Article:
Subjective wellbeing

The psychological aspects of exclusion are also important. These include the absence of power, voice and independence, and vulnerability to exploitation and humiliation.

The following article highlights the importance of a capacity for agency that allows poor people to improve the quality of their relationships and to secure respect and dignity for themselves. The paper argues: ‘The injury done to people who experience discrimination on the basis of labels they are given by society and entrenched ideas about their inferiority or societal taboos around sex, death and dirt goes well beyond that of economic deprivation and lack of political voice. When people are treated as lesser because of the colour of their skin, their sex, what they do for a living, and where they live, they can come to internalise a sense of lack of worth that profoundly affects their sense of what they can do and what they are due by society’ (Eyben et al, 2008: 8)

Eyben, R., Kabeer, N. and Cornwall, A. (2008). Conceptualising Empowerment and the Implications for Pro-Poor Growth. Brighton: Institute of Development Studies.
This paper proposes a framework to enable the empowerment of the poor to be conceptually understood and operationally explored. It examines the different facets of ‘social’, ‘economic’ and ‘political’ empowerment. International development actors often lack awareness of much that is already known about these issues. These are the conceptual tools for identifying complex and mutually dependent processes that development actors can support and facilitate for achieving pro-poor growth.
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Appadurai, A. (2004). The Capacity to Aspire: Culture and the Terms of Recognition. In Rao, V. & Walton, M. (Eds.), Culture and Public Action. Stanford University Press.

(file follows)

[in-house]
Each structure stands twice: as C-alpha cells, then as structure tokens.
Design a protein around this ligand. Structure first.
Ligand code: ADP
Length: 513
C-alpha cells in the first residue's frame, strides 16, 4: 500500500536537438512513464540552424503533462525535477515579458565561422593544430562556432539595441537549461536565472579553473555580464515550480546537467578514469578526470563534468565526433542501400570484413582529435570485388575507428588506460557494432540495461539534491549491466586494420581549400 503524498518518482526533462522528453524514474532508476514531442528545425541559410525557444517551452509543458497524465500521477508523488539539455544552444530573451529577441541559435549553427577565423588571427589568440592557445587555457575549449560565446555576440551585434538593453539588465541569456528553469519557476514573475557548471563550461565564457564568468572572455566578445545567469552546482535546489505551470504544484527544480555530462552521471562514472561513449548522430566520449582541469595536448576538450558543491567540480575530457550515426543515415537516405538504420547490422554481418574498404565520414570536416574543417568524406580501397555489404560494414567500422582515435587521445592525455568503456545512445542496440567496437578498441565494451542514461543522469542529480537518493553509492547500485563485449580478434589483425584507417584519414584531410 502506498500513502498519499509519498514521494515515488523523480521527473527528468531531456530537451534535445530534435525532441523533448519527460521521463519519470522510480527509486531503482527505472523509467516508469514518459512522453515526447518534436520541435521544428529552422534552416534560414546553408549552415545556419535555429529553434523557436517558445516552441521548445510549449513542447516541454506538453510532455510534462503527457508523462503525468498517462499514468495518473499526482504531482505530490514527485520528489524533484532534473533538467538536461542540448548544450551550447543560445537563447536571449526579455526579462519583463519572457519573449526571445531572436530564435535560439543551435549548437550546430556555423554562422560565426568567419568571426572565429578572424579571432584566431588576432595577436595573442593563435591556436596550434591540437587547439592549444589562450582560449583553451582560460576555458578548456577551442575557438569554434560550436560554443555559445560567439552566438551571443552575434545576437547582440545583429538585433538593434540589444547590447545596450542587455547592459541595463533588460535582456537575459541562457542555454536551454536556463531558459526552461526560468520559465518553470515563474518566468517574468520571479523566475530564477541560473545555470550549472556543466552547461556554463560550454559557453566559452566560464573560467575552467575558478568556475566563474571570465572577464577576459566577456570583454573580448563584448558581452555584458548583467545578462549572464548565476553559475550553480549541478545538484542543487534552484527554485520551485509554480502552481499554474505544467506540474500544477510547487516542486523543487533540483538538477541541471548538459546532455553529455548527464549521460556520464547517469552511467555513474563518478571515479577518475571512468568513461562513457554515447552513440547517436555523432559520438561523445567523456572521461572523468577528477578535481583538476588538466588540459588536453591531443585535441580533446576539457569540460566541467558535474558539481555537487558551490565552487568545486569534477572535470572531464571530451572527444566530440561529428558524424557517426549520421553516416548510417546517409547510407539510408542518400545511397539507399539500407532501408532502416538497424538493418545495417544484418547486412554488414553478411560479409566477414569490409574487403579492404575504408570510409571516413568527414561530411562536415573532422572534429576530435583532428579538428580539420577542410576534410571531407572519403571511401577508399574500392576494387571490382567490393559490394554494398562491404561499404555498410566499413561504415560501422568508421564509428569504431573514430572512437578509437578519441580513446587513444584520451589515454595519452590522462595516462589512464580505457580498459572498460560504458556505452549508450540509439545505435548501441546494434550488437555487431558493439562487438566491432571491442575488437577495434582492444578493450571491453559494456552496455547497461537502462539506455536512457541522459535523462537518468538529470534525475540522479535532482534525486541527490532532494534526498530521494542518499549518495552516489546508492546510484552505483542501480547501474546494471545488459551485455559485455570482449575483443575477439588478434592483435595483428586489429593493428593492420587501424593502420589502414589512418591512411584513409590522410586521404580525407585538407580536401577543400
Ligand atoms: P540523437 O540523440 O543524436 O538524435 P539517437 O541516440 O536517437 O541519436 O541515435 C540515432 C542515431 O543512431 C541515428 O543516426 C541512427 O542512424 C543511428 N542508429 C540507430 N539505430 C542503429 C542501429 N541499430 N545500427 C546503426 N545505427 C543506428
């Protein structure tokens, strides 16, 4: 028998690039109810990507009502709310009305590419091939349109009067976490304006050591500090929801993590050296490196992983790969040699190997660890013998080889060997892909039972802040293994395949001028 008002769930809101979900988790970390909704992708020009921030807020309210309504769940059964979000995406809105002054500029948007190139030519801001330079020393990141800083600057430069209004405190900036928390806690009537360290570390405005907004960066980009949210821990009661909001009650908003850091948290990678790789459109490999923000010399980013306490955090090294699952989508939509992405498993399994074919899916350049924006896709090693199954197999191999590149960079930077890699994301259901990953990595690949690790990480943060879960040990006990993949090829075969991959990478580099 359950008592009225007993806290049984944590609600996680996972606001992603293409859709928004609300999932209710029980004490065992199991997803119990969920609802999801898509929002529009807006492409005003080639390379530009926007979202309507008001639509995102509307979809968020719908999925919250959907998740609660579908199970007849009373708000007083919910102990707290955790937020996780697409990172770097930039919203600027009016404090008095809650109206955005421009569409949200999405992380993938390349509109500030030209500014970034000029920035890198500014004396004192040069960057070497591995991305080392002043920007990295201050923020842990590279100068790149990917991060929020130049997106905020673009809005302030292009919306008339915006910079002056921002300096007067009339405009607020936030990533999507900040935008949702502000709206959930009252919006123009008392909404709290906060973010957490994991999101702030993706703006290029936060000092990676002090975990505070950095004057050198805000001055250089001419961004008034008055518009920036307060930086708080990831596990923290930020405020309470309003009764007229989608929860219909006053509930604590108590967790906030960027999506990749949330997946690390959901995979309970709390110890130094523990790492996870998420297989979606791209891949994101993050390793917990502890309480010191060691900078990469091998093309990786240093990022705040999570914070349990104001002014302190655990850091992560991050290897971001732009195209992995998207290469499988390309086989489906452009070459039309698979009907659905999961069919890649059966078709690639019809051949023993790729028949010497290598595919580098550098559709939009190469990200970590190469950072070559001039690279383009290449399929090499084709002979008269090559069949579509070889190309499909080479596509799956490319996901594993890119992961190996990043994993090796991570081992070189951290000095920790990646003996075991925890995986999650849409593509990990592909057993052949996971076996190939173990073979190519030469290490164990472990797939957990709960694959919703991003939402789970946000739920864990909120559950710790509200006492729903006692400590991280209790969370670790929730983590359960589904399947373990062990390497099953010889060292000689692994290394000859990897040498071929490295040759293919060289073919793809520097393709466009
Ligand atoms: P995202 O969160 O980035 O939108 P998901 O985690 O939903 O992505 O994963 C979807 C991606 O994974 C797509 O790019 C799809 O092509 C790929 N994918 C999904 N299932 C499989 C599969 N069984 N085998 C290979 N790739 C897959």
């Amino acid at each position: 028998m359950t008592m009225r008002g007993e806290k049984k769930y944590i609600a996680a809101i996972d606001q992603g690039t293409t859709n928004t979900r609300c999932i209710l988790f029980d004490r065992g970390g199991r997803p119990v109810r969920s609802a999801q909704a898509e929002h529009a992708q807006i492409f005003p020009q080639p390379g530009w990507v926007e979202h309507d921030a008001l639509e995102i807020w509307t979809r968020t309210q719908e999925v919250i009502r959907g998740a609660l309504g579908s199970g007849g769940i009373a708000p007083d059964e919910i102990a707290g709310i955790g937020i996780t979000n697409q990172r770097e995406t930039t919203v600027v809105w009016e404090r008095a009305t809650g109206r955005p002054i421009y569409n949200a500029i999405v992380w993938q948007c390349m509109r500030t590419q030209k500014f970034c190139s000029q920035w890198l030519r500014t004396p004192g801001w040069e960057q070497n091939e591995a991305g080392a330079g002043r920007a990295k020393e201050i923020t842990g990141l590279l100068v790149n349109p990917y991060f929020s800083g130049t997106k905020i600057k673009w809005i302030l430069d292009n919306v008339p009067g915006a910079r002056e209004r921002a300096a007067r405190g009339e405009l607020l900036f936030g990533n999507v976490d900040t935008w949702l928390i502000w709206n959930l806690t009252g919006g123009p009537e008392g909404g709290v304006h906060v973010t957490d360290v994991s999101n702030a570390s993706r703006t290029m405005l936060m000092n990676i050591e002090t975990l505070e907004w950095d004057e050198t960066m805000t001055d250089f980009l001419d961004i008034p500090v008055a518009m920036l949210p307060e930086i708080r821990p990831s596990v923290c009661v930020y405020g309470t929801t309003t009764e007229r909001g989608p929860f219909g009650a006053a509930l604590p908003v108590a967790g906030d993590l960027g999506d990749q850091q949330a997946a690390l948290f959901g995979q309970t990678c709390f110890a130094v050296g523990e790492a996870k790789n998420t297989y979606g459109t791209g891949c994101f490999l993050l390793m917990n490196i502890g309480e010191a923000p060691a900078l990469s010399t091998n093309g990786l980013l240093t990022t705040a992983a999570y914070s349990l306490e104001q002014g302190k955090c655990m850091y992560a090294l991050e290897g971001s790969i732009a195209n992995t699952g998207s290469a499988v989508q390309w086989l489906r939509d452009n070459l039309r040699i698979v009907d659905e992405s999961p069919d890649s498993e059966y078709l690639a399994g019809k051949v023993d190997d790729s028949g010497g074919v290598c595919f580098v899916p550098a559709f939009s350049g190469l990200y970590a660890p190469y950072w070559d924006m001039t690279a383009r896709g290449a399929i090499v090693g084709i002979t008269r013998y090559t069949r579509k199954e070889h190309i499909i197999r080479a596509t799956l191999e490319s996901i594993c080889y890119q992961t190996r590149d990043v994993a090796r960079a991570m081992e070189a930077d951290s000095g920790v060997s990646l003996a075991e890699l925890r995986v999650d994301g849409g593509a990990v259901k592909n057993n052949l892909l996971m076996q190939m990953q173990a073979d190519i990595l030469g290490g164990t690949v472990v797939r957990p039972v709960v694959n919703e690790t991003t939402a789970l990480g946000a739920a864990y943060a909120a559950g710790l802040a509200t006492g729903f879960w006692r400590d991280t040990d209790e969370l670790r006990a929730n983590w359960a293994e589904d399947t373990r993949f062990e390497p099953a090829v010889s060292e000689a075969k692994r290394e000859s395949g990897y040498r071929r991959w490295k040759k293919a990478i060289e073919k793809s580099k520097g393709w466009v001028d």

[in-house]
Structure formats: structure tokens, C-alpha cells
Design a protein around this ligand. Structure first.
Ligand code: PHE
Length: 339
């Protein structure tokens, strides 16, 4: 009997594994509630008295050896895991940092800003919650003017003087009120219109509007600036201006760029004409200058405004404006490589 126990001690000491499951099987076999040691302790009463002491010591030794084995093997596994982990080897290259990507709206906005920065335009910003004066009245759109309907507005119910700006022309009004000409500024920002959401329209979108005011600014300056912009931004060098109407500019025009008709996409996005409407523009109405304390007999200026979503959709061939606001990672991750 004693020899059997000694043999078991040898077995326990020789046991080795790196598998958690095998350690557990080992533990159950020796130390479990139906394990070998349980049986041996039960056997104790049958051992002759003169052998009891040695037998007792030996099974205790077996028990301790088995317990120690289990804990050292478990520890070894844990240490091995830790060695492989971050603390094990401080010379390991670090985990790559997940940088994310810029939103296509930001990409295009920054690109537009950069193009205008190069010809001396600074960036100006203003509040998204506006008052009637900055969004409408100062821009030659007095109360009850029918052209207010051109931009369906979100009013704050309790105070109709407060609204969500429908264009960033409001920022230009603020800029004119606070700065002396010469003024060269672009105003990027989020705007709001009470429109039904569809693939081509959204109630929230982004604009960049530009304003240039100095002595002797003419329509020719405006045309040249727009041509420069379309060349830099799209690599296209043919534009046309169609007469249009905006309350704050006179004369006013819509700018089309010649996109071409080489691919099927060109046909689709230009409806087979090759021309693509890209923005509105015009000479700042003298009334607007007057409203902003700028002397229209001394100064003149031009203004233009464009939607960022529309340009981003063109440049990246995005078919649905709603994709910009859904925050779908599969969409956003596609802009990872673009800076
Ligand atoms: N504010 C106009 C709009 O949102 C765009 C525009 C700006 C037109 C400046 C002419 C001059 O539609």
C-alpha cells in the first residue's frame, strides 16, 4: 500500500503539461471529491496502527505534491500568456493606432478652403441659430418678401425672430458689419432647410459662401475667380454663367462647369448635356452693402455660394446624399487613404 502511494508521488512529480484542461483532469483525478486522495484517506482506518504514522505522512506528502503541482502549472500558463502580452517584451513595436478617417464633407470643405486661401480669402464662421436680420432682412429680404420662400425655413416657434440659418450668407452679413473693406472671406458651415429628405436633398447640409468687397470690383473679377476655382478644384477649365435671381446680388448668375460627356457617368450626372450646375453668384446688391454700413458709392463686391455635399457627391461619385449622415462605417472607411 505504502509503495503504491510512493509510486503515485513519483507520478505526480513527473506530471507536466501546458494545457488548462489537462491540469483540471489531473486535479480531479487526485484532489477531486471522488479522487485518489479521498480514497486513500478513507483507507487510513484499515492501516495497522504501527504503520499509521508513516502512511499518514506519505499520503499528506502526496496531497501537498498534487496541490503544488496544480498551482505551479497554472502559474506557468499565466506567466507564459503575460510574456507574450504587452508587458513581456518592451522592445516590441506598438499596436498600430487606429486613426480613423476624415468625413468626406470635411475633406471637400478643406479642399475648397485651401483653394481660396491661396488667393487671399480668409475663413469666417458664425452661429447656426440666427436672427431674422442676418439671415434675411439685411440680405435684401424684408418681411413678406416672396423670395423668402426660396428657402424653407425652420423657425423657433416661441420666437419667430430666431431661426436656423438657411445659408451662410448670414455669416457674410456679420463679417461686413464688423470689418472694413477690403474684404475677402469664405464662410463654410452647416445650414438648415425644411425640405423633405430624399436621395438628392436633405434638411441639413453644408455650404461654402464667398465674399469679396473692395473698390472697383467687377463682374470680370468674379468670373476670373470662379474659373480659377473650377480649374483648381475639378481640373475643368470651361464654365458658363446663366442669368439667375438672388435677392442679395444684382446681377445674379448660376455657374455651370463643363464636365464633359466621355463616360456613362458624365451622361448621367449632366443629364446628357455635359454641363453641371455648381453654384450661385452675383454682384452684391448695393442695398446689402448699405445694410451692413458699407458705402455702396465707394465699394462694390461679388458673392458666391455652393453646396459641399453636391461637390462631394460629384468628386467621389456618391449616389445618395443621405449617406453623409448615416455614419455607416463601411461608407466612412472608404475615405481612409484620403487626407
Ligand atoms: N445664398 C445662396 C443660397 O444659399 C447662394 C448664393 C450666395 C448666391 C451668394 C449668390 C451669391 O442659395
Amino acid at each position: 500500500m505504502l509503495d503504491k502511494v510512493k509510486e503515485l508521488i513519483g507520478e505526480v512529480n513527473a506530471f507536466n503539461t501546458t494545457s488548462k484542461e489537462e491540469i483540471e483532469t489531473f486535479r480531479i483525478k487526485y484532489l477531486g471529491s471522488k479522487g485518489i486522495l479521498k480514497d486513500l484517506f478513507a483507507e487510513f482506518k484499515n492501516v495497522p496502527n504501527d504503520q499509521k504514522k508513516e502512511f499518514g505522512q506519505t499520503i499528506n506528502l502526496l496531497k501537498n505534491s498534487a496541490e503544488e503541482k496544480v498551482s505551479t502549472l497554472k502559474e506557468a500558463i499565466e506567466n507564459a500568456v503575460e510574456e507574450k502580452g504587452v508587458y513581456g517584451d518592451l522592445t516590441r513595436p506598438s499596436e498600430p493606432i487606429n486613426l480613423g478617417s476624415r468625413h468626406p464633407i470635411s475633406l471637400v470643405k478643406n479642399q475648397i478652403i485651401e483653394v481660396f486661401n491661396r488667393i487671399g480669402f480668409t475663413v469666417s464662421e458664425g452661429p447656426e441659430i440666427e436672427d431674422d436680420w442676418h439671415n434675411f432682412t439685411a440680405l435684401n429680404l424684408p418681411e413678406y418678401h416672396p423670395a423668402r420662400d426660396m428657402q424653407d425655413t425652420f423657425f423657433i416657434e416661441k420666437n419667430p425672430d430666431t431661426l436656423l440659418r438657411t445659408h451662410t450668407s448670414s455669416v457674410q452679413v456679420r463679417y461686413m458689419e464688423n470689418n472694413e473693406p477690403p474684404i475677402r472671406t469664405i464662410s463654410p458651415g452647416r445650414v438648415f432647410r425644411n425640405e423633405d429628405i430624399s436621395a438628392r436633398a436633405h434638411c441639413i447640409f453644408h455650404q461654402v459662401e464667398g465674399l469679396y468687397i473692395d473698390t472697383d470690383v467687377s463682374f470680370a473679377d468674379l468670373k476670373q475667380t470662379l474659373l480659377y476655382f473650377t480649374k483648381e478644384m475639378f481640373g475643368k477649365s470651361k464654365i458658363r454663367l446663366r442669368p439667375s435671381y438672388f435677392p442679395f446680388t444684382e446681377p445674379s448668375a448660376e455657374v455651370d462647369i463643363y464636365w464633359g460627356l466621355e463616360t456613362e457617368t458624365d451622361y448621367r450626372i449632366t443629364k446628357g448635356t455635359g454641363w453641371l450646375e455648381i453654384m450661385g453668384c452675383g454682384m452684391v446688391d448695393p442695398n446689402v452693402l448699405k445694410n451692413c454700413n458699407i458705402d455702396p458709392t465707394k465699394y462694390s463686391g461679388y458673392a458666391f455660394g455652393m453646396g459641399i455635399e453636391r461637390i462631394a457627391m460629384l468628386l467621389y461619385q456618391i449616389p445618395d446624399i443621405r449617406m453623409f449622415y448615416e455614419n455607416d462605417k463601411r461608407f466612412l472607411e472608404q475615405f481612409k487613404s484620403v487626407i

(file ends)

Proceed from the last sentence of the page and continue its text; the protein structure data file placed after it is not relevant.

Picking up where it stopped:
Why does culture matter for development and for poverty reduction? The capacity to aspire is a future-oriented cultural capacity. This chapter argues that strengthening the capacity to aspire could help the poor to contest and alter the conditions of their poverty. Culture is a dialogue between aspirations and sedimented traditions. Traditions, linked to issues of social class, can conflict with development goals. Policymakers must approach the creation of a culture of aspiration through capacity building.
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Hoff, K., & Pandey, P. (2008). Economic Consequences of Social Identity: Discrimination, Social Identity, and Durable Inequalities. American Economic Review, 96(2), 206-211.
What are the mechanisms by which societal discrimination affects individual achievement and why do effects of past discrimination endure once legal barriers are removed? This paper reports findings of experiments in village India that explore the effect of social identity on individual performance. The link between discrimination, social identity and behaviour causes the effects of past discrimination to persist over time for well-identified groups.
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Useful websites

World Bank Poverty and Inequality Research: Pro-Poor Growth

Overseas Development Institute: Growth, Poverty and Inequality Programme